How-To Geek

How to Change Your Browser’s User Agent Without Installing Any Extensions


All popular browsers offer build-in user agent switchers, so you can change your user agent without installing any extensions. Google Chrome and Internet Explorer both include user agent switchers in their developer tools, while Firefox offers an about:config option.

Websites identify browsers by their user agents. Modify a browser’s user agent and it will appear as a different browser – or even a browser running on another device, such as a smartphone or tablet.

Google Chrome

Chrome 17 added a built-in user agent switcher. Previously, you had to modify Chrome’s command-line options to change its user agent.

The user agent switcher is part of Chrome’s Developer Tools – open them by clicking the wrench, pointing to Tools, and selecting Developer tools. You can also use the Ctrl-Shift-I keyboard shortcut.


Click the gear icon at the bottom right corner of the Developer Tools window to open the Settings pane.


From the Settings pane, enable the Override User Agent option under Network and select a user agent from the list. You can also select Other and enter your own, custom user agent.


This setting is temporary and only persists while you have the Developer Tools window open. Close the window and Chrome will revert to its default user agent.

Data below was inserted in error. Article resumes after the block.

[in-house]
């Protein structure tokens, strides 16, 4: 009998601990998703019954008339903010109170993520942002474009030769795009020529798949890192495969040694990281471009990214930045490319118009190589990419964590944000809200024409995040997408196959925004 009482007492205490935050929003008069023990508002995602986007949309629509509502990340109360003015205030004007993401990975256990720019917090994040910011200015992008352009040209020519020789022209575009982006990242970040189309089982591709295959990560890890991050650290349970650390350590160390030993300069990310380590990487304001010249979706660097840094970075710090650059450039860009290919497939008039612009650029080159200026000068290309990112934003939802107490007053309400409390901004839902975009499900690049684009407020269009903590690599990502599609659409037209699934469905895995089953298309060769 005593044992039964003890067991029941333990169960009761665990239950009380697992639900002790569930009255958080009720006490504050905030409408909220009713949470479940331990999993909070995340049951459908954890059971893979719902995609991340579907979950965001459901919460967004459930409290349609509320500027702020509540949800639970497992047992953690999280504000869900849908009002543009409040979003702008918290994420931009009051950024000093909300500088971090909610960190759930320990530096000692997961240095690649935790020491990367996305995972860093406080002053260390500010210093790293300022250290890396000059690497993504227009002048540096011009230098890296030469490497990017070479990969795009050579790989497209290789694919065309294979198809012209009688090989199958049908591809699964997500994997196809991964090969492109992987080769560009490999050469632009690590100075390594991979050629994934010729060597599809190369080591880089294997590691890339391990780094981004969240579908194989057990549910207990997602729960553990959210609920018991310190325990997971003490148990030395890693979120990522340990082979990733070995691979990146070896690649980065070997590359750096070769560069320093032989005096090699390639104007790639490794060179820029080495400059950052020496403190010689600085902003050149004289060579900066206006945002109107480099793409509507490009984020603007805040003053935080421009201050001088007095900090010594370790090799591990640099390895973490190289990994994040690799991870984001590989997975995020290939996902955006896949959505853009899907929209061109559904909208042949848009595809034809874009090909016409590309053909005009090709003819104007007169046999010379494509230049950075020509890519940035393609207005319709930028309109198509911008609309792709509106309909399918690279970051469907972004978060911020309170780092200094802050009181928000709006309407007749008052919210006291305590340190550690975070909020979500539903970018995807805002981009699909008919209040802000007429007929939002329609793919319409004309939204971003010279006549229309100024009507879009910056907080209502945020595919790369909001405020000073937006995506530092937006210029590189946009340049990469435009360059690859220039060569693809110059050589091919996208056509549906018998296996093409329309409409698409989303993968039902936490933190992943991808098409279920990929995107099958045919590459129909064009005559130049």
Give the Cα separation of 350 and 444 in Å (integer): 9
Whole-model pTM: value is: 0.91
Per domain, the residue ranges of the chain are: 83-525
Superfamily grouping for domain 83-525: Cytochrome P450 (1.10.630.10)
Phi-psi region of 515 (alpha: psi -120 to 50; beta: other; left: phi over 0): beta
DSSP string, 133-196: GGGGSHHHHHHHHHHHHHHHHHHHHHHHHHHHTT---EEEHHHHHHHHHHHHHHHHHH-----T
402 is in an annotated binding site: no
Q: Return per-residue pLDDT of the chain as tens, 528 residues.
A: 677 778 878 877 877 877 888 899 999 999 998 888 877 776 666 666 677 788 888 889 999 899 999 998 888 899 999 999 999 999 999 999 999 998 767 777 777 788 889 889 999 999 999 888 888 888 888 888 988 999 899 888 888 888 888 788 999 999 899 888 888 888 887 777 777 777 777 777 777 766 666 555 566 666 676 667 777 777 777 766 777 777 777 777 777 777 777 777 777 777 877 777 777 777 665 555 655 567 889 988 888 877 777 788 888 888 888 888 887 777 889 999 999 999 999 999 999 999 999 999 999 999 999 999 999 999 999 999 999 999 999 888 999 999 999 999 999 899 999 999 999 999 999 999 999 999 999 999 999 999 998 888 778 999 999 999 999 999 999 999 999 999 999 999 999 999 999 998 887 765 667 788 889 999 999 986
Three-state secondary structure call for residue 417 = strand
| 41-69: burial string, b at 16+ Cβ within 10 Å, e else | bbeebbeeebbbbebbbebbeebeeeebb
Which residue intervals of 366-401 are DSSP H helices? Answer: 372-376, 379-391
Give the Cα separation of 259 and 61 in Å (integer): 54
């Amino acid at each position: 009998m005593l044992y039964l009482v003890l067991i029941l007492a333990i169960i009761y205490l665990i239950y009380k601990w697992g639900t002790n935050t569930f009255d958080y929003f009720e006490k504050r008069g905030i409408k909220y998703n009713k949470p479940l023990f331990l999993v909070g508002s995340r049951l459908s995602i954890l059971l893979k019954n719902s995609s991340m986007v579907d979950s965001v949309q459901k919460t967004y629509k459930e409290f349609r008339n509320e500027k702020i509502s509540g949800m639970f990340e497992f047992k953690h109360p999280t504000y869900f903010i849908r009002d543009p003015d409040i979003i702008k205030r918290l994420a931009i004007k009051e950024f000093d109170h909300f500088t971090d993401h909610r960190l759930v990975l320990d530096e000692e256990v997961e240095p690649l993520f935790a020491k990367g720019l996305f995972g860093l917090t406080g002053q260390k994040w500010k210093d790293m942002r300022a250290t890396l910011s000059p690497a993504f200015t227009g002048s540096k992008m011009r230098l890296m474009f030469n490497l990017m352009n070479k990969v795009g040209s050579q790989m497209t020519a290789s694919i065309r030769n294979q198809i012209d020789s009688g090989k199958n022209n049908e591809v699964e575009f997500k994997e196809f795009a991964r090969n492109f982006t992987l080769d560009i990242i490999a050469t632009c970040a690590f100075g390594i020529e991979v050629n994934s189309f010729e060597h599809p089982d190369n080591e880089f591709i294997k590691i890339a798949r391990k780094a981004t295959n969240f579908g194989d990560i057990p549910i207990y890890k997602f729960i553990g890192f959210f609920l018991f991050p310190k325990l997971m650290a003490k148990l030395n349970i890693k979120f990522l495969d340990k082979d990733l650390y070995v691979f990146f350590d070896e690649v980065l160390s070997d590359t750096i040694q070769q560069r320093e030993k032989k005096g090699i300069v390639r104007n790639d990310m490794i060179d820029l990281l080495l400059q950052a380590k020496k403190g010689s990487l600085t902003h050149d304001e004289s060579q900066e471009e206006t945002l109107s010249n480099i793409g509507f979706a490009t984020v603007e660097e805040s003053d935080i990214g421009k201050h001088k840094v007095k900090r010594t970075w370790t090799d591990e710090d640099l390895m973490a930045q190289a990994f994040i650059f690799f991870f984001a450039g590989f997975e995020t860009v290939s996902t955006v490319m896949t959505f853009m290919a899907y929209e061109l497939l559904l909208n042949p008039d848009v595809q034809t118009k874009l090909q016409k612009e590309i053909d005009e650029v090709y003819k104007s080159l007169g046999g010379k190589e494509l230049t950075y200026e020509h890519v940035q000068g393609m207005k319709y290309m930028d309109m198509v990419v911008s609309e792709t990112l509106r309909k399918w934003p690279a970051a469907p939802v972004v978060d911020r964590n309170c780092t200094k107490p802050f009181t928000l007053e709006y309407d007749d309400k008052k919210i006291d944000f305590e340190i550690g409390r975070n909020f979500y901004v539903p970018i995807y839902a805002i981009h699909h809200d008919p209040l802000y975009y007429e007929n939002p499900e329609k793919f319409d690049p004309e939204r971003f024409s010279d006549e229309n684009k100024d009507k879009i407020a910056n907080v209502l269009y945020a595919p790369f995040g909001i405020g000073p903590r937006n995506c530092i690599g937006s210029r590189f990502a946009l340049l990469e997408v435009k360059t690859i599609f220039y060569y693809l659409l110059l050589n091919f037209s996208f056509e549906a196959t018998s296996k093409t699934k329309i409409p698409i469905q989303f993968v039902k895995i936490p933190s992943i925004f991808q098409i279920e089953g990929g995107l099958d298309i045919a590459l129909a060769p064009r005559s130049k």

Internet Explorer

Internet Explorer also has a user agent option in its developer tools. To open them, press F12 or select the F12 developer tools option from Internet Explorer’s Tools menu.


The developer tools will open in a separate pane at the bottom of the window. Click the Tools menu in the developer tools pane, point to “Change user agent string”, and select a user agent from the list.


You can also select the Custom option and add custom user agent strings to the list.


This setting is also temporary. Internet Explorer reverts to its default user agent after it’s closed.

Mozilla Firefox

Mozilla Firefox doesn’t have an easy way to change its user agent without an extension – this option is buried on Firefox’s about:config page. If you want an easy way to change Firefox’s user agent, use the User Agent Switcher extension instead.

To access the about:config page, type about:config into Firefox’s address bar and press Enter. You’ll see a warning – be careful when you change settings here, you could mess up Firefox’s settings.


Type useragent into the filter box. We’re looking for the general.useragent.override preference, but it probably won’t exist on your system.


To create the preference, right-click on the about:config page, point to New, and select String.


Name the preference general.useragent.override


Enter your desired user agent as the value of the preference. You’ll have to look up your desired user agent on the web and enter it exactly. For example, the following user agent is used by Googlebot, Google’s web crawler:

Mozilla/5.0 (compatible; Googlebot/2.1; +


This setting persists until you change it – even if you close and reopen Firefox. To revert Firefox to the default user agent, right-click the general.useragent.override preference and select Reset.


Safari also has a built-in user agent switcher. Check out our guide to changing your user agent on Safari for more information.

Chris Hoffman is a technology writer and all-around computer geek. He's as at home using the Linux terminal as he is digging into the Windows registry. Connect with him on Google+.

  • Published 05/8/12

Comments (12)

  1. Ko0lHaNDLuKe